Measurements for a helmet should be taken around the middle of the forehead, above the eyebrows, and slightly above the ears to the back of your head.

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Groin Protection

When it comes to groin protection, comfort is important. The key to comfort is the shape of the guard and its stability. We recommend specifically designed cricket underwear to keep the groin protector stable for the most comfortable and secure fit.

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Thigh Guards and extra protection

A thigh guard can save you some nasty bruises and allow you to play your shots confidently without fear of being hit by the ball. All in one thigh guards can provide you with greater protection. For example, Aero Strippers offer greater all-round protection than the average, traditional Thigh Guard - providing protection for both thighs and front hip.

For extra protection, you may want to consider a chest guard, forearm guard or wrist guard. All of these products will help protect you from the ball, help prevent injuries and give you more confidence.

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In the first few years of hard ball, you’ll mainly play on artificial or turf wickets, so cricket shoes are not essential until you start playing on grass when you’ll be after shoes with spikes for extra grip. You might still want to wear cricket shoes when playing on artificial wickets for the extra protection they give to your toes! If you do plan on buying cricket shoes, remember you don't need spikes unless you are playing on a grass wicket.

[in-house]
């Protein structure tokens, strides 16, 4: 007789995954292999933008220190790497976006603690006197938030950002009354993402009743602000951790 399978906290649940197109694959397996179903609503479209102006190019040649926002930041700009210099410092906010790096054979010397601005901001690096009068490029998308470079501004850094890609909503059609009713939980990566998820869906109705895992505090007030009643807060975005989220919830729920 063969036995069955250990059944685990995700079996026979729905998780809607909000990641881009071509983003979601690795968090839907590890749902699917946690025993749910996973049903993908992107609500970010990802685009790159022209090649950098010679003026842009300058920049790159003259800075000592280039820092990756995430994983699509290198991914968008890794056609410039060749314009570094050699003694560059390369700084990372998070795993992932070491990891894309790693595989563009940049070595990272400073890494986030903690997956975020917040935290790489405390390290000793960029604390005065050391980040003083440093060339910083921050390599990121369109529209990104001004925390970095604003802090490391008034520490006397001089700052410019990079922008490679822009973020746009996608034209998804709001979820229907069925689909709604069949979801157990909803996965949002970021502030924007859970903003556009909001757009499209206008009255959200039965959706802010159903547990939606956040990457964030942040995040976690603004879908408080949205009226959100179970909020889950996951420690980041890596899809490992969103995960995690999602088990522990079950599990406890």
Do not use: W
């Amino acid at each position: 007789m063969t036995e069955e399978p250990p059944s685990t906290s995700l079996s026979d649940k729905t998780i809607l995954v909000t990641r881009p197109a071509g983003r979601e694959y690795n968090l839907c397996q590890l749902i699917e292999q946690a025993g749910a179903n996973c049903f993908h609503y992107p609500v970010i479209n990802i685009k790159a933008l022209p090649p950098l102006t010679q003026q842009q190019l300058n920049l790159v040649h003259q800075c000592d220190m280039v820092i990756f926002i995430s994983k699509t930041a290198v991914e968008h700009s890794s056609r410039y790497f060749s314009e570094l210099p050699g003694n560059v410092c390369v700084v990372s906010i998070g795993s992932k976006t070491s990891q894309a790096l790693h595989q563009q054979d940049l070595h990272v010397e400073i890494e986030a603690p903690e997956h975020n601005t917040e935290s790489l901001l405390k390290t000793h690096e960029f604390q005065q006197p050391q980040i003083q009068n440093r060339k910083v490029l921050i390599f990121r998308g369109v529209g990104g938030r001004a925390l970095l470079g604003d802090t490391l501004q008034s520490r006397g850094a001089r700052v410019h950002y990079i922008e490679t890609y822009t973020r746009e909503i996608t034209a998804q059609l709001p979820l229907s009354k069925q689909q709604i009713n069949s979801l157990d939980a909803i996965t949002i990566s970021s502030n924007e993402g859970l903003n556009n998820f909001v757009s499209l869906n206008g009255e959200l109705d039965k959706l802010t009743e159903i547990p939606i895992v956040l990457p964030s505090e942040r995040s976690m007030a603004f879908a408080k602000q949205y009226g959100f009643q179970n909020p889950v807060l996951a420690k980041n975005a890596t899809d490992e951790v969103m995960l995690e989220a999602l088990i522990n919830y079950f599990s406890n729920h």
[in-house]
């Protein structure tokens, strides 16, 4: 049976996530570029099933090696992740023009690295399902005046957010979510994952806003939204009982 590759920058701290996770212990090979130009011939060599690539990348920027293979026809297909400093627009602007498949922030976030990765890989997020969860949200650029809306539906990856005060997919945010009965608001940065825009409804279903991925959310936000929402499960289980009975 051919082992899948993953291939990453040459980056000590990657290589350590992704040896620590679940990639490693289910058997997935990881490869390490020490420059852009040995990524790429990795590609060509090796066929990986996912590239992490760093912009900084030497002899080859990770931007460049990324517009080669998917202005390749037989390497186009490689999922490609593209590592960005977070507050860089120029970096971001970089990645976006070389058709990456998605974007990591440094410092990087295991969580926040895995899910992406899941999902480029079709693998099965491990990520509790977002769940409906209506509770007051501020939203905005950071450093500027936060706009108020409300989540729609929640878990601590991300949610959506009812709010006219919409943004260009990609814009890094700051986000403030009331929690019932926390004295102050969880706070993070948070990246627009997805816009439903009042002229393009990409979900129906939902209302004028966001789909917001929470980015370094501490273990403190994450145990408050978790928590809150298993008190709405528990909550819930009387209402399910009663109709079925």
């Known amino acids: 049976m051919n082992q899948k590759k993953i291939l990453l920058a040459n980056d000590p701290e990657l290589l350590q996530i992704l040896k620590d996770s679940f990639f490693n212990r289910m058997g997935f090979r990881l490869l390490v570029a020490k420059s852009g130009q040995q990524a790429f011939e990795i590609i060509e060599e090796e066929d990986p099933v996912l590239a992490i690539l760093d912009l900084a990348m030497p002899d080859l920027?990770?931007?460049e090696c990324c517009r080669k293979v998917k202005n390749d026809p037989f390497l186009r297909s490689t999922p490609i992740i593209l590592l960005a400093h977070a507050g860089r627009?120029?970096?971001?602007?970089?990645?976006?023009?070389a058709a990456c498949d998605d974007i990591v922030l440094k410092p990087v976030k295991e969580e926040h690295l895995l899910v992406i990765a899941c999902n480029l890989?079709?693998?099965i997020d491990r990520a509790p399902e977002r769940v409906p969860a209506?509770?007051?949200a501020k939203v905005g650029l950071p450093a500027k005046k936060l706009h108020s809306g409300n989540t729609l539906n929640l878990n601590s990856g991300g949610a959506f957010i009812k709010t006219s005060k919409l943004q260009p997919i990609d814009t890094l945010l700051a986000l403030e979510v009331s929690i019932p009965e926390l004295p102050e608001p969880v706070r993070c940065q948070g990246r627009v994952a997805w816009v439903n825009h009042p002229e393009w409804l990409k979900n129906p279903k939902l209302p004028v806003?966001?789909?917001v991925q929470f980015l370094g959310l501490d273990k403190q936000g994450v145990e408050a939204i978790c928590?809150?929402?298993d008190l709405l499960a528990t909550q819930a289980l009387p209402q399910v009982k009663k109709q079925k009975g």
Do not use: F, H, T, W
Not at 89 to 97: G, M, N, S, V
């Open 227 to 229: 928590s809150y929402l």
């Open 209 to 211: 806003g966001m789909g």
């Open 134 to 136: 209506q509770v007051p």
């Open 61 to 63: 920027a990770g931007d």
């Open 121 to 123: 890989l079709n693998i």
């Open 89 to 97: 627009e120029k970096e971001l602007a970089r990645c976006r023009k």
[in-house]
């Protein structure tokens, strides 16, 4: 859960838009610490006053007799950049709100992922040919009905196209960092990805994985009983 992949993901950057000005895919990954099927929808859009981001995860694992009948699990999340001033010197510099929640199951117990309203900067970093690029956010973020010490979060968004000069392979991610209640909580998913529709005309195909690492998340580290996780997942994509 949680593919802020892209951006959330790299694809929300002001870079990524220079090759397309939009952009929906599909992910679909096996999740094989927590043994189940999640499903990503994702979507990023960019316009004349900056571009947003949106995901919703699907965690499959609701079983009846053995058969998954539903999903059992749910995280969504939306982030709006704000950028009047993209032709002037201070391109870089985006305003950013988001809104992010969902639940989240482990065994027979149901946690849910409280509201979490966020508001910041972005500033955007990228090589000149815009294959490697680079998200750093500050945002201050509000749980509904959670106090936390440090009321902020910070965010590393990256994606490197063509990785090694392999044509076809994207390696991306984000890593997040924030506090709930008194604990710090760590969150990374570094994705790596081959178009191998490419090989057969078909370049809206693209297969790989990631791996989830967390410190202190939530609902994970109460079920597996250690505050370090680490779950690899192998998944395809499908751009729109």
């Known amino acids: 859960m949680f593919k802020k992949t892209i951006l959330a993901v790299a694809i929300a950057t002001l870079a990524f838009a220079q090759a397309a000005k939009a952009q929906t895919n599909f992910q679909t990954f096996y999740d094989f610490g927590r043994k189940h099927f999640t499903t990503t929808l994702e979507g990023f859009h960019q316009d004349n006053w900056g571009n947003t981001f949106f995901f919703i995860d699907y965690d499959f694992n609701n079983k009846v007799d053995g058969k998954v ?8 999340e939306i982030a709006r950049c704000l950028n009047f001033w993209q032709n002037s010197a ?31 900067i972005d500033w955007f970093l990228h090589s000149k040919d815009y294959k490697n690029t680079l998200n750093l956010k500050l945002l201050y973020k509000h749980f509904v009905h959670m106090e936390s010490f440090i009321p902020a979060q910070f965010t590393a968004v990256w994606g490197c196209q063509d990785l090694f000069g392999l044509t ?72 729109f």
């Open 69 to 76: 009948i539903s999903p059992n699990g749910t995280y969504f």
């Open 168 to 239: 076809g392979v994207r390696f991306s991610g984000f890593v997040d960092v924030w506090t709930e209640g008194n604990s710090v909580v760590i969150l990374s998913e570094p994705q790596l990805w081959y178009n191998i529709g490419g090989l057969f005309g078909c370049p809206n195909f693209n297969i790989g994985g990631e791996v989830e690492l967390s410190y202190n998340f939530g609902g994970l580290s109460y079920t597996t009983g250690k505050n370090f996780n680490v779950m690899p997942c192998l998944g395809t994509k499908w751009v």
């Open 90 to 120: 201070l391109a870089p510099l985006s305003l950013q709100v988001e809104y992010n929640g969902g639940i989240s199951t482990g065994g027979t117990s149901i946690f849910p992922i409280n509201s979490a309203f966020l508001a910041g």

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You'll also probably want something to carry all your gear in. A cricket bag is also very handy to keep your gear protected and organised - no searching for a missing glove on a Saturday morning! With bags you have three options: a carry bag, a wheelie bag, or a duffle bag. A carry bag is usually fine for the first year or two, but you'll often find a wheelie bag, or a duffle bag that you can carry on your back is a little easier as you get extra gear.

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Wicket Keeping

The position of wicket keeper is often shared by a few members of the team in the first years of hardball, so you'll often find that team gear bags will include wicket keeping gear. If you're keen to have your own wicket keeping gear, we'd recommend gloves and pads to start with.

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Cricket Balls

While not technically part of your required gear list, one of the most common questions we're asked by new hardball players, is "what type of ball should I get to practice with?"

We recommend any 142g Leather ball. Just remember to watch the windows if you're practicing at home!